Section 504 requires that in making an accommodation, a federally assisted housing provider will be required to bear costs which do not amount to an undue financial and administrative burden. In application, this means that such a housing provider may be required to spend money to provide legally required reasonable accommodations.
Must a federally assisted housing provider adopt
formal procedures for processing requests for a reasonable accommodation?
No. Section 504 does not require that a housing provider adopt any formal procedures that an applicant for housing or a tenant must follow to request a reasonable accommodation. However, having such a procedure will probably aid both the individual in making the request and the housing provider in assessing it and responding to it in a timely fashion.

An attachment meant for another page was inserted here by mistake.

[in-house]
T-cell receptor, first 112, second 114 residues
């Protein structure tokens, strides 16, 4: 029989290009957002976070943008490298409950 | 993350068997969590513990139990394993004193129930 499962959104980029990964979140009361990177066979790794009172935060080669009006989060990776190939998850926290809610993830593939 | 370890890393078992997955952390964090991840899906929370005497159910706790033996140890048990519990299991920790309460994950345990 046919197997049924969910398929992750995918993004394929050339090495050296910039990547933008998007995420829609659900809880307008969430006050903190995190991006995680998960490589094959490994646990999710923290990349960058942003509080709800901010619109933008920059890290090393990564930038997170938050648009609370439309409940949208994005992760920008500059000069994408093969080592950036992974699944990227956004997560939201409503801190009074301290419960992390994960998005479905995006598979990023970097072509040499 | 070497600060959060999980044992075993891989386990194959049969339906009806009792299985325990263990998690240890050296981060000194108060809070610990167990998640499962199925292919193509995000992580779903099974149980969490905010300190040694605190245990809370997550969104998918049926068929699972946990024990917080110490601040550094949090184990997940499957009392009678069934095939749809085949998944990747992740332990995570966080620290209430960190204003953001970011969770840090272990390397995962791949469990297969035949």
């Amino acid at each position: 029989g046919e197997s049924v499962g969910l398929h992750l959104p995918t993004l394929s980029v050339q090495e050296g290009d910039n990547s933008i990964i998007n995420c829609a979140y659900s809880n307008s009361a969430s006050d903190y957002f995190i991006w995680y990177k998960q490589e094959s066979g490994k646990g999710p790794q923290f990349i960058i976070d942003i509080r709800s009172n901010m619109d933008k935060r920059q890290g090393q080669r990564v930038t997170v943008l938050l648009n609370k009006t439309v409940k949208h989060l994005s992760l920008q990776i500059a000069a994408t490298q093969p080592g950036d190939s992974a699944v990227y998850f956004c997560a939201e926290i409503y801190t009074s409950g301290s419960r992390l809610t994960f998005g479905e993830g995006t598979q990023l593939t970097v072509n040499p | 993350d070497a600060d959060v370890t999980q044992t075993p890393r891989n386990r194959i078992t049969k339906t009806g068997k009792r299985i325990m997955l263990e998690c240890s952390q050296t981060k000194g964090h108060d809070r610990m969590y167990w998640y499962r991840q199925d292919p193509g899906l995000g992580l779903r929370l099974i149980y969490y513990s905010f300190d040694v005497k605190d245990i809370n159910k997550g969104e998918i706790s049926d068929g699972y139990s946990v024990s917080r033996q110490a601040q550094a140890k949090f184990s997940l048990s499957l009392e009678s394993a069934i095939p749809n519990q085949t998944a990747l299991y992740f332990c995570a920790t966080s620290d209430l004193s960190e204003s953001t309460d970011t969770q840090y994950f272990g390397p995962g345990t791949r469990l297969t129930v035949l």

Is a federally assisted housing provider obligated to provide an accommodation to a tenant or applicant if s/he has not requested it?
No. Such a housing provider is only obligated to provide an accommodation if s/he is on notice of the request. However, a person with a disability will be considered to have asked for an accommodation if s/he indicates that a change or exception to a policy, practice, or procedure or a modification would assist him or her in making more effective use of his or her housing, even if the words "reasonable accommodation" are not used as part of the request.
With respect to Section 504's requirements, what
is an accessible unit?